- Exercise: Regular exercise facilitates the removal of small crystals, so that they do not easily develop into larger deposits.
If the tendency to urinary stones is due to illness or runs in the family, special preparations for prevention can be used in addition to the measures mentioned above. These contain, for example, citric acid or sodium citrate, which effectively counteract the formation of calcium crystals in the urine.
Problems with urination: Which diseases are behind it?
The urinary system is a single functional biological unit. It includes the kidneys, the elimination organs that remove metabolic waste products from the body – i.e., produce urine – and regulate the essential water and electrolyte balance at the same time. New urine that is produced in the renal corpuscles (medical: nephrons) collects in the renal bed and flows to the bladder via the ureter. The bladder is used for storage. Once it is filled with a certain amount, the "urge to urinate" is signalled, which leads to excretion of the urine through the urethra. This mechanism of urine excretion (medical: miction) is a controlled and automatic process in healthy people. Physiological urine is practically germ-free, slightly acidic to neutral, and transports the excretory products in solubilised form. If these finely tuned conditions change, urological symptoms result that can appear in acute or asymptomatic (latent) forms. External factors can also be responsible, such as pathogens that have entered the urethra and trigger acute inflammation, or other factors, such as changes in metabolic activities or prostate growth.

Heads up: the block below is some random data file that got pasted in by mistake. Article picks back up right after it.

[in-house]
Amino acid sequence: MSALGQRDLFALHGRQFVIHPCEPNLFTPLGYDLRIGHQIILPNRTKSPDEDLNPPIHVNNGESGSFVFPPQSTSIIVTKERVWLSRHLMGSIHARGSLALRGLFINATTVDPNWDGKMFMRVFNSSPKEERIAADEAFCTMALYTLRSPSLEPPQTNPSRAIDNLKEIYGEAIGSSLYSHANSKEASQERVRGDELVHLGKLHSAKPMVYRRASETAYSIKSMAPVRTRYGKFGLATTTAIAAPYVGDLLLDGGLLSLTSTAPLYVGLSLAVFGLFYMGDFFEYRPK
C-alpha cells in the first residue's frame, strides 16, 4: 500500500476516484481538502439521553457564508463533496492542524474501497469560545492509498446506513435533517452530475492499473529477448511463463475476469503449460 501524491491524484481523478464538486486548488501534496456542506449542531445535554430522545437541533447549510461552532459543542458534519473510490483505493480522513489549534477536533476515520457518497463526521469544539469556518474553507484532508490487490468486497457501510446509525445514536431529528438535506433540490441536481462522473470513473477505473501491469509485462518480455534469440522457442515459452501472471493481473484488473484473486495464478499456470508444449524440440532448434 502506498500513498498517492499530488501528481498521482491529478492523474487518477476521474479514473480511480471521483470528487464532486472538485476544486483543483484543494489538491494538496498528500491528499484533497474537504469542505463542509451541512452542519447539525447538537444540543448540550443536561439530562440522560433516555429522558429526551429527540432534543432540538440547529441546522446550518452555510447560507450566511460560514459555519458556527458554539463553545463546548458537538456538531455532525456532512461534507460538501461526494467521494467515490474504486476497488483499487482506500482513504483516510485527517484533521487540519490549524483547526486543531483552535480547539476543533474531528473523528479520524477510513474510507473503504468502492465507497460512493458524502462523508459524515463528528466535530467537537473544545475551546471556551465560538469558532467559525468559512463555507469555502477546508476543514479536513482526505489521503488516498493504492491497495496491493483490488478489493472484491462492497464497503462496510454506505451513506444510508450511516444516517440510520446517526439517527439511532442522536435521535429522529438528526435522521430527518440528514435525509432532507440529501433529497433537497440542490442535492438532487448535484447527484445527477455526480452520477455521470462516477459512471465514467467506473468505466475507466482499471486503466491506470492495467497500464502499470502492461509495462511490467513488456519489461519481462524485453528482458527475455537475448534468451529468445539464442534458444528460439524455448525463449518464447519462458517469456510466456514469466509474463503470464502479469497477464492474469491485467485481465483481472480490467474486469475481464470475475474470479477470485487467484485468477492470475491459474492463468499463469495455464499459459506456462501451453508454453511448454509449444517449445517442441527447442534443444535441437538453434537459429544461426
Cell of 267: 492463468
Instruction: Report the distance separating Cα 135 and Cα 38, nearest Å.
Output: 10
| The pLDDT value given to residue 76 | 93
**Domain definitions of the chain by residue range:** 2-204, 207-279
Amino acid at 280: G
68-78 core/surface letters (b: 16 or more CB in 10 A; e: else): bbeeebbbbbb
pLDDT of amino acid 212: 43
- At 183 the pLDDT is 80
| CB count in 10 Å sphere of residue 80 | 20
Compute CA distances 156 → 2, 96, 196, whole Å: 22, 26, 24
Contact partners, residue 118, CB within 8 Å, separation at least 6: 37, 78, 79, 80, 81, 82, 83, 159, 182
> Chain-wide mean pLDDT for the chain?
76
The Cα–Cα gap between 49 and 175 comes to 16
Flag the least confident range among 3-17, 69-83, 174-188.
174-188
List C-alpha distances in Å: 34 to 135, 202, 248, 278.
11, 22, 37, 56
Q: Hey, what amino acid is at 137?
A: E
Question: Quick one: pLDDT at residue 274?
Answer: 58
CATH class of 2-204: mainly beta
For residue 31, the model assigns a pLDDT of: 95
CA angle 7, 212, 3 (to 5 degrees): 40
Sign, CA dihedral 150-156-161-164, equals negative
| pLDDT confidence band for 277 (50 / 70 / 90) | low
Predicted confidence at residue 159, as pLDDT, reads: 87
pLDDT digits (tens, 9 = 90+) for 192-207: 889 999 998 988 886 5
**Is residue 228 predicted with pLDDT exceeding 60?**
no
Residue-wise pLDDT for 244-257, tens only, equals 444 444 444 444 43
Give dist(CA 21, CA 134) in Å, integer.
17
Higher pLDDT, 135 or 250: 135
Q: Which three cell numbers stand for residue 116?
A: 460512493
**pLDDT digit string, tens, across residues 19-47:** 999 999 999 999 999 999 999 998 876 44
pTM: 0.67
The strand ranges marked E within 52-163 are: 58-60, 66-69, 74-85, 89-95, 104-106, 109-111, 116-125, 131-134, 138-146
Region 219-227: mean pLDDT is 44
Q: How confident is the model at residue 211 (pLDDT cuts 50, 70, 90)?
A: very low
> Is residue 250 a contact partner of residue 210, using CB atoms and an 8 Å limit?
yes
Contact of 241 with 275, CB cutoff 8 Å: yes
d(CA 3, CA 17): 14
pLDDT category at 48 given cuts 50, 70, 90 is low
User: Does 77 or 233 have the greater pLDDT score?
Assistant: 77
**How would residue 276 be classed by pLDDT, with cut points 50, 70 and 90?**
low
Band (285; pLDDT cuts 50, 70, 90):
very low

Many of the observed symptoms are due to disorders in the natural urine flow or urination that doctors often diagnose as urinary tract infections or bladder infections (caused by infections or non-infectious conditions), dysuric complaints (uncomfortable or painful urination), or pain caused by benign prostate enlargement. Urinary stones are another very common cause of the disease process (medical: urolithiasis). Many urologists therefore classify urinary stones as a widespread disease. Hyperacidification of the urine plays a central control in their formation. It results from an oversaturation of the minerals (electrolytes) that are normally solubilised in the urine. Often stones form slowly and unnoticed when small crystals ("gravel") first form that can gradually grow to become larger stones.
Treatment of urinary problems with medication
The specialist term "urologics" describes a group of diverse medicines that have one thing in common. They are used to treat "urologic" diseases and pain, i.e., in the broadest sense disorders of the urinary system.
If you are a patient or interested, you can find information about symptoms and causes of bladder Infections and treatment with plant-based medicine here.
You can find information about urinary stones, prevention, development, causes and treatment with medication here.